Spatial estimation of outdoor NO2 levels in Central London using deep neural networks and a wavelet decomposition technique

Sheen Mclean Cabaneros, John Kaiser Calautit, Ben Hughes

Research output: Contribution to journalArticle

Abstract

Outdoor air pollution remains a major environmental threat to the public, especially those who reside in highly urbanised areas. Recent studies have revealed the effectiveness of early-warning mechanisms that enable the public reduce their exposure to air pollutants. This highlights the need for accurate air quality forecasts. However, air quality in many developing and highly urbanised countries remains unmonitored. Hence, a novel spatiotemporal interpolation modelling approach based on a deep learning and wavelet pre-processing technique was proposed in this paper. In more detail, Long Short-term Memory (LSTM) neural networks and Discrete Wavelet Transformation (DWT) were utilised to model the spatial variability of hourly NO2 levels at six urban sites in Central London, the United Kingdom. The models were trained using only the NO2 concentration data from the neighbouring sites. Benchmark models such as plain LSTM and Multilayer Perceptron (MLP) models were also developed to validate the effectiveness of the proposed models. The proposed wavelet-based spatiotemporal models were found to provide superior forecasting results, explaining 77% to 93% of the variability of the actual NO2 concentration levels at most sites. The overall results reveal the very promising potential of the proposed models for the spatiotemporal characterisation of outdoor air pollution.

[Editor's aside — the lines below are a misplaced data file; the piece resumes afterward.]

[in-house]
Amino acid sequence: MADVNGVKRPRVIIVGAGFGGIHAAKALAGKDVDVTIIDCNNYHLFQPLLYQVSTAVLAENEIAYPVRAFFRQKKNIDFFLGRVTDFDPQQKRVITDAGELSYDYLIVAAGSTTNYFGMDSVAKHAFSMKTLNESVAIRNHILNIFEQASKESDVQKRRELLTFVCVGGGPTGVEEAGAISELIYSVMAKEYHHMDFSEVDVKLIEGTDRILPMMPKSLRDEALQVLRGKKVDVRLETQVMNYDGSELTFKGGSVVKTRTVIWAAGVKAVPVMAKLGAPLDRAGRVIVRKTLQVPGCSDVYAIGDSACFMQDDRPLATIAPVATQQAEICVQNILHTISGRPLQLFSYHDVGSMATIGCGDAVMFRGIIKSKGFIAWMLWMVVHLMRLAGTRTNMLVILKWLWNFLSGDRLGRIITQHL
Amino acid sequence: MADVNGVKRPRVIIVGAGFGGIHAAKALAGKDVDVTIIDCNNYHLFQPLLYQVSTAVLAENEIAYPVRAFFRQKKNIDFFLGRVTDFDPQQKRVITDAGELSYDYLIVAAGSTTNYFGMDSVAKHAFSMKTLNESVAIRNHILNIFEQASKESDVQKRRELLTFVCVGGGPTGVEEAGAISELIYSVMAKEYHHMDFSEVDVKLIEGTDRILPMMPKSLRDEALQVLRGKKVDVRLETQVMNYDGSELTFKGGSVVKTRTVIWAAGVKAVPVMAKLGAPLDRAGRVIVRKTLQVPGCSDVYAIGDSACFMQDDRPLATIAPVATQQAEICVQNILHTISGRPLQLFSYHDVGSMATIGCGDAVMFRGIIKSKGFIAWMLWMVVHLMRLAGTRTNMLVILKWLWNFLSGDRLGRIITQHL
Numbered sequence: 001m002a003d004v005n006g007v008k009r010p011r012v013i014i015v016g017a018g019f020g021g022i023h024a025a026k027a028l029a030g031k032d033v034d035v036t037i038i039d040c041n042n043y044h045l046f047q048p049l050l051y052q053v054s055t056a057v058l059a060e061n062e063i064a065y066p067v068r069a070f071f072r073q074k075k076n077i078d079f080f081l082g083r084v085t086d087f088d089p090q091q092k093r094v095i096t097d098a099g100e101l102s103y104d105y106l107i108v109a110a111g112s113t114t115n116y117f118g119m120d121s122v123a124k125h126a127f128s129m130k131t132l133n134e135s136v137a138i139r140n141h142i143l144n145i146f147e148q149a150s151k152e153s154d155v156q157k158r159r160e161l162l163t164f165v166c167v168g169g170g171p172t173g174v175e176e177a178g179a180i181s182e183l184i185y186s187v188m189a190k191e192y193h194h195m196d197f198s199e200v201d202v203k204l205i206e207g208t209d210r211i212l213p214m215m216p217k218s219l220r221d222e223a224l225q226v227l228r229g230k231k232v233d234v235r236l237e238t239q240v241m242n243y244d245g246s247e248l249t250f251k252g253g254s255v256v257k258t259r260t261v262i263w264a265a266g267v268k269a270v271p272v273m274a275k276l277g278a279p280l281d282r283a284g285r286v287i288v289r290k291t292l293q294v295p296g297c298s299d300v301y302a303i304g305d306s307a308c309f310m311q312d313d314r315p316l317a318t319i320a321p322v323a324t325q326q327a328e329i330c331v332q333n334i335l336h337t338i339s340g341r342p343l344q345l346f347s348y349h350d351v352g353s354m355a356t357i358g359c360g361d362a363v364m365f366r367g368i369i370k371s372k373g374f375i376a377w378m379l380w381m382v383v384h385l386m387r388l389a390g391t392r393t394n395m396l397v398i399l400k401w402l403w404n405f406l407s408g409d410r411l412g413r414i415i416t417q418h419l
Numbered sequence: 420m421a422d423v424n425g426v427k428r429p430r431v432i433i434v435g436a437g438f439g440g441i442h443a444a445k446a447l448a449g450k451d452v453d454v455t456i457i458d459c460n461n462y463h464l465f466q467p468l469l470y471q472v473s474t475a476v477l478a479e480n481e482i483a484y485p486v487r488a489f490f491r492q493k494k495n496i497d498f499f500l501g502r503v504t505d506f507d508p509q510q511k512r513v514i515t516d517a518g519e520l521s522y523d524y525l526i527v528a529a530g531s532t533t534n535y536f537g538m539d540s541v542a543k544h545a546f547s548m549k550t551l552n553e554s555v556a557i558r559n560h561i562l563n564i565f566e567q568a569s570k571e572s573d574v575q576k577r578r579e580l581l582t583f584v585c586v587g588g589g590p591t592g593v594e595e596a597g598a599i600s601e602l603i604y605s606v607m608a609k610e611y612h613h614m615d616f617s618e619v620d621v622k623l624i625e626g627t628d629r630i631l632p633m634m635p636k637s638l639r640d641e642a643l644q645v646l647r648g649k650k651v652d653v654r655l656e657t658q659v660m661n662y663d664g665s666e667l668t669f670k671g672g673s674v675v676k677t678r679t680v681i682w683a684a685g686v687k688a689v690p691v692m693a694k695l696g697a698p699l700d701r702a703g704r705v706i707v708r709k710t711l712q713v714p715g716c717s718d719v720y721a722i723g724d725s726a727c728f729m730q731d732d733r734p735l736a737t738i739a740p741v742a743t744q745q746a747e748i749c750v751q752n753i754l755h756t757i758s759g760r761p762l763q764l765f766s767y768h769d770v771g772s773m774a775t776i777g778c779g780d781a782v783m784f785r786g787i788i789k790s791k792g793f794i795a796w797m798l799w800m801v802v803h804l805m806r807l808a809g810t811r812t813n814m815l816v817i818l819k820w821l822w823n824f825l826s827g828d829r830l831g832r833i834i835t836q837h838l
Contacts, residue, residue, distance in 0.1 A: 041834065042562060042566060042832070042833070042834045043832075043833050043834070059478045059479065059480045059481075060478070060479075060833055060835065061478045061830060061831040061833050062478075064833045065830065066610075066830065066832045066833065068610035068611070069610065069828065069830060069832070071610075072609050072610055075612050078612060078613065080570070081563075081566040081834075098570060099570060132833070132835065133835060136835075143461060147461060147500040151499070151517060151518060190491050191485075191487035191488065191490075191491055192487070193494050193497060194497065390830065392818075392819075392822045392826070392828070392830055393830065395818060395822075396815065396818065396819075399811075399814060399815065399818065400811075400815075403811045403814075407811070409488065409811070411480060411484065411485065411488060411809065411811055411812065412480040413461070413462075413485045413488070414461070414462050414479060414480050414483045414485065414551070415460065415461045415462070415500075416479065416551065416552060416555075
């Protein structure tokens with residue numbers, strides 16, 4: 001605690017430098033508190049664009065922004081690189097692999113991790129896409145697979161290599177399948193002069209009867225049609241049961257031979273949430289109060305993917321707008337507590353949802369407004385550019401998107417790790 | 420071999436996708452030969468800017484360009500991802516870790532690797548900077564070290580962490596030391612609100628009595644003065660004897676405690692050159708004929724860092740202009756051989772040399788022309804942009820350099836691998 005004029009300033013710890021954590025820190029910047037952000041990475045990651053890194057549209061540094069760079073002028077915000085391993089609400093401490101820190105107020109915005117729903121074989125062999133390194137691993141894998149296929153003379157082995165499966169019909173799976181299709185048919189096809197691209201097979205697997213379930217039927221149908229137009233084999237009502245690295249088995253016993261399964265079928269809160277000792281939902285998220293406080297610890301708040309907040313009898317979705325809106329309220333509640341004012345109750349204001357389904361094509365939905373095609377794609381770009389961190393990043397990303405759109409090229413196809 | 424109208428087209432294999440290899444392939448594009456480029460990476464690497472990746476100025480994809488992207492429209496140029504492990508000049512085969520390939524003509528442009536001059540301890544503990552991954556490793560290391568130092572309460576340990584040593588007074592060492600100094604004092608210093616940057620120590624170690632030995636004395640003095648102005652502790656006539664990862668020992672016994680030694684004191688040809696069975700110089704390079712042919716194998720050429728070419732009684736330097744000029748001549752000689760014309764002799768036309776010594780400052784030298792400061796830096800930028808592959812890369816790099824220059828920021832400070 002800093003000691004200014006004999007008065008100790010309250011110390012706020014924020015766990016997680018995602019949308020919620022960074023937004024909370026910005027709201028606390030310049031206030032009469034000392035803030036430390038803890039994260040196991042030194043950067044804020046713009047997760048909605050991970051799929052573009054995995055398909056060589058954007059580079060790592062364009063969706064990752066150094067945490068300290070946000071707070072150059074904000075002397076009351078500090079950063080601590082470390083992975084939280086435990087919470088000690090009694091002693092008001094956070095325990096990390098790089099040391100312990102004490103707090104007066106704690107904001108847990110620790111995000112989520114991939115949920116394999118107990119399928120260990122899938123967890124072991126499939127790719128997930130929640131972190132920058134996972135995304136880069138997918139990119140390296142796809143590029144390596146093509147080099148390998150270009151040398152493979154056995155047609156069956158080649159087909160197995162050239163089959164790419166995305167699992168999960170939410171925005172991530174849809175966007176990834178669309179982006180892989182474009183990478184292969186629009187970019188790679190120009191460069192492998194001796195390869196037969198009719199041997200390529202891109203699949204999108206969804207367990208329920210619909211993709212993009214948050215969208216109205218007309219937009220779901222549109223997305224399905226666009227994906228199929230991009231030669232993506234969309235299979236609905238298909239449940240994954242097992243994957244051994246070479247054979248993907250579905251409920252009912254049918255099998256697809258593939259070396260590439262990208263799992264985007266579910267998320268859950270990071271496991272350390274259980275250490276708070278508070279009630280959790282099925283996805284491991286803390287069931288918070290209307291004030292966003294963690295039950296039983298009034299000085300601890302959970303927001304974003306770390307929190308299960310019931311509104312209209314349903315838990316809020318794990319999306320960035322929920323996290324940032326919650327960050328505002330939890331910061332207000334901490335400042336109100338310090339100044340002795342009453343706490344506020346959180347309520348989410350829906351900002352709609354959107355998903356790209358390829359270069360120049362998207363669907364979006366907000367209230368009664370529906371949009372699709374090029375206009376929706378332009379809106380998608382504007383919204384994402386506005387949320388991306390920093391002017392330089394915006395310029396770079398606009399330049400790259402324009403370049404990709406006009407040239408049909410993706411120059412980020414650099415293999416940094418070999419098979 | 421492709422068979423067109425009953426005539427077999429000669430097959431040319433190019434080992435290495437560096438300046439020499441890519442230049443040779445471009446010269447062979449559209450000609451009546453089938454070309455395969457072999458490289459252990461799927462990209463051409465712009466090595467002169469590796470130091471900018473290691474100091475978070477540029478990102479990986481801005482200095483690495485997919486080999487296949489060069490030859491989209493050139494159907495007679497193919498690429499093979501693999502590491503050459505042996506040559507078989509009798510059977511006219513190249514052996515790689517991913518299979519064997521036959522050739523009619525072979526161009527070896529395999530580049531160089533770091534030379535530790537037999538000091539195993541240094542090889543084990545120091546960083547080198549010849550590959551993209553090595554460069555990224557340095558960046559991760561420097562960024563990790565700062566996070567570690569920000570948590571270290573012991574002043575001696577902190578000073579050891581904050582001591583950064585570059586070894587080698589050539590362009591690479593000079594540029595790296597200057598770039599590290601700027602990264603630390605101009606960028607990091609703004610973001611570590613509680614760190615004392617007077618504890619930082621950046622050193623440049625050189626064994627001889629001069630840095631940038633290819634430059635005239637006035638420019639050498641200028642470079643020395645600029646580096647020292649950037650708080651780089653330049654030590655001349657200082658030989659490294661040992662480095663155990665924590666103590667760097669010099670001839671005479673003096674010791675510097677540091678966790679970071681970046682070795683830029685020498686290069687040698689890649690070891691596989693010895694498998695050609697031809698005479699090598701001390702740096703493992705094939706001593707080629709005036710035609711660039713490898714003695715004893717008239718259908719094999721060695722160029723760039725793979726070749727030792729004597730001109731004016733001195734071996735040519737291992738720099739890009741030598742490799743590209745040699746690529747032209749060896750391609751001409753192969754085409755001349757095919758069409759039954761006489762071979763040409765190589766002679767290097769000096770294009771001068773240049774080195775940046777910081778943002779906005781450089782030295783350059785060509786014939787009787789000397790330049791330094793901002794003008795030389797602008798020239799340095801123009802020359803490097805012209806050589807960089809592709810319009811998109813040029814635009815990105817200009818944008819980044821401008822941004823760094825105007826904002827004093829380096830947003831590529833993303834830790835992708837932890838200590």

Original languageEnglish
Article number109017
Number of pages22
JournalEcological Modelling
Volume424
Early online date22 Mar 2020
DOIs
Publication statusPublished - 15 May 2020

Keywords

  • air pollution forecasting
  • artificial neural networks
  • wavelet decomposition
  • long short-term memory units
  • deep learning
  • spatial interpolation

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